Parents, imagine that your government gave you tax dollars to custom fit and finance your child’s K-12 education. Sounds good, doesn’t it? Arizona did just that in 2011 and Florida followed suit in 2014. The way it works is this: The government gives you 90 percent of what it would have spent and you design your child’s education around it. Whatever you don’t spend you can save for future educational use. The plan can be as flexible as your State Legislature designs. For instance, in Arizona, items such as therapeutic horseback lessons may be eligible.
Conservatives and Libertarians are wild about Educational Savings Accounts (ESA) and, apparently, so too are cash-strapped States. At least a half-dozen states from Virginia to Oklahoma will bring a bill to the floor soon; Georgia’s vote is imminent.
On its face, it’s a great idea: a real win-win.
To hear Kathy Visser tell it to The Federalist, it’s a benefit for all. Instead of spending the money on legal expenses challenging the State of Arizona over her son’s special education needs, she’s able to spend it on him directly. The government and her child are both made better off under an ESA.
Underlying states’ incentive to convert students to ESA is the cost of Special Education (SPED). The Federal Government mandates inclusion of all students regardless of ability but only partially funds the excess needed to educate SPED students. As an example, Hawaii’s Department of Education spends $325.5 million, 23.2 percent of its budget, on special education while as a percentage of enrollment, SPED students comprise less than 10 percent of the total.
Indeed, proponents of ESAs make valid point after valid point. Perhaps one of the more intriguing arguments for ESAs is that it eliminates the need for mandated standardized testing. Write Jason Bedrick and Lindsey M. Burke:
In a generally well-meaning effort to impose “accountability,” some policymakers have attempted to regulate school choice programs as they regulate district schools, including by mandating state tests. However, rules designed to regulate a monopoly like a public-school system are not appropriate for a market. Beyond basic health and safety regulations, top-down accountability measures are generally unnecessary at best and harmful at worst. Centralized standards, especially in the form of state testing mandates, induce conformity that can undermine the innovation and diversity that give educational choice its value.
Simply put, ESAs leave all of the quality issues and decisions to parents. Depending on how you feel about this issue, it could be either good or bad. On one hand, it lessens the impact the government has on your household, giving you more freedom to decide what is important and relevant. On the other hand, it also gives your neighbor the ability to decide for his household what is important, perhaps leaving him to eliminate science and teach faith-based learning only. While such an approach seems innocuous on its surface, it would leave also us without a national narrative or a common lesson in civics and tolerance of other viewpoints.
Returning back to ESA’s relevance to Hawaii however, we need to ask ourselves if this is the wave of the future. That is, have we already gone that route by creating charter schools? Wouldn’t we all be better off if we could control the cost of education while also creating a market-based incentive to excel?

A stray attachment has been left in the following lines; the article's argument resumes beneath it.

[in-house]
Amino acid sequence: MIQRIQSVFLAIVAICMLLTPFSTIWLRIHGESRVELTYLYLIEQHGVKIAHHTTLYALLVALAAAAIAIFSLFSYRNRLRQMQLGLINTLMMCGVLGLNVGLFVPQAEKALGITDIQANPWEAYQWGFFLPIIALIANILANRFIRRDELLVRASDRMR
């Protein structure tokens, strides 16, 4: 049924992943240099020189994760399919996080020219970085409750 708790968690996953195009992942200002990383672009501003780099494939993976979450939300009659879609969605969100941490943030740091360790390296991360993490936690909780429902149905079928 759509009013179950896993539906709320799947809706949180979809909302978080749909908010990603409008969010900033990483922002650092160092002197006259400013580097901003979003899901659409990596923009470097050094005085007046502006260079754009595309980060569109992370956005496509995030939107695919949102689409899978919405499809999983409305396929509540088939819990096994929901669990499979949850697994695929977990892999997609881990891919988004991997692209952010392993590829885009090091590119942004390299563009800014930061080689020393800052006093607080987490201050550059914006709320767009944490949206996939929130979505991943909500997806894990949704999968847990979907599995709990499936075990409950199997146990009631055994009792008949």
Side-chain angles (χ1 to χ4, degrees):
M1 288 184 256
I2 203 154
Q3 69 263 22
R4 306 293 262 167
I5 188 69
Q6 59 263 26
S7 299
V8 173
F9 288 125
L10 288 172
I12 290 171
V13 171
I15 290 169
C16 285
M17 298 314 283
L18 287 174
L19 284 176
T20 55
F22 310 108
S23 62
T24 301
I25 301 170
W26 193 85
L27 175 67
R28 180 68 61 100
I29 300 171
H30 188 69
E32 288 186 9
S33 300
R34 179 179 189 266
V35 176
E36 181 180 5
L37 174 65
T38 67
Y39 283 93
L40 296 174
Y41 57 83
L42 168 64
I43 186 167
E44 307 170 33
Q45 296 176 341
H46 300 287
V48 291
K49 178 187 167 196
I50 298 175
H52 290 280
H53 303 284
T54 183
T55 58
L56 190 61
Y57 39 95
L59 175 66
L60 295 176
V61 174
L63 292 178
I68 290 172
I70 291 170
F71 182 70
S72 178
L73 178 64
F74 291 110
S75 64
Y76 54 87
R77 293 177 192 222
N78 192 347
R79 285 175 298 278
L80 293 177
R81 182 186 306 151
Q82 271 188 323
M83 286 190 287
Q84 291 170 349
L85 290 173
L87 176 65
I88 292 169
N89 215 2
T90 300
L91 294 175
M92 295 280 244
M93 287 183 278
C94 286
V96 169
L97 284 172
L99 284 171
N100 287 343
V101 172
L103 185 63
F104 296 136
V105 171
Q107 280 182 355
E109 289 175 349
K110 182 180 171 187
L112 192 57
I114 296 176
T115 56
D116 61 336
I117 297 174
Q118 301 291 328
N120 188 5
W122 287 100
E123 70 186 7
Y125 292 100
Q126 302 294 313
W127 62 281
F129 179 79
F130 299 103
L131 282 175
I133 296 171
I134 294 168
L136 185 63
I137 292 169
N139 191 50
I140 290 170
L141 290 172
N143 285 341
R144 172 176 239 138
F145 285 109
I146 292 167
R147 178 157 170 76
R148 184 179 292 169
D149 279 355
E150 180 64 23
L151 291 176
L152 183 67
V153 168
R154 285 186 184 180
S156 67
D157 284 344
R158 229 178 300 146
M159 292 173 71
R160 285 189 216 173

An important distinction to note here, is that ESAs were designed by legislatures specifically to address special education needs. While Arizona’s ESA statute is not as restrictive as Florida’s, admission to the program was denied to nearly half of its applicants for the 2014-15 school year. Florida’s statute specifically limits the program to those “who have an Individualized Education Plan or have been diagnosed with one of the following: autism, Down syndrome, Intellectual disability, Prader-Willi syndrome, Spina-bifida, Williams syndrome, and kindergartners who are considered high-risk.“ Clearly, it was a financial matter that brought about the creation of ESAs.
Seguing into financial matters introduces the question of whether ESA legislation is viable over the long term. Wouldn’t the current legislation lead to more special education requests? That is, for a child marginally in need of SPED, there’s now an incentive to be fully diagnosed in order to be placed in an ESA. There’s also an incentive for people who are now homeschooling their child to qualify for an ESA. Such cases already exist in Florida, where there is no requirement that a child have been previously enrolled in a public school before requesting enrollment in an ESA. In this case, the State of Florida’s cost has risen rather than been reduced. Then again, there’s the cost of administration as well as the potential for fraud. Take for instance, the Florida family that requested a European boondoggle as part of the learning plan. (It was denied, but the cost of evaluation still exists.)
There are many unanswered questions regarding Educational Savings Accounts (ESA) that can only be answered by the passage of time. It will be interesting to see how this new legislation works out over the next few years. While the State of Hawaii could use some changes to the cost and quality of SPED education, it remains to be seen if ESA is the answer.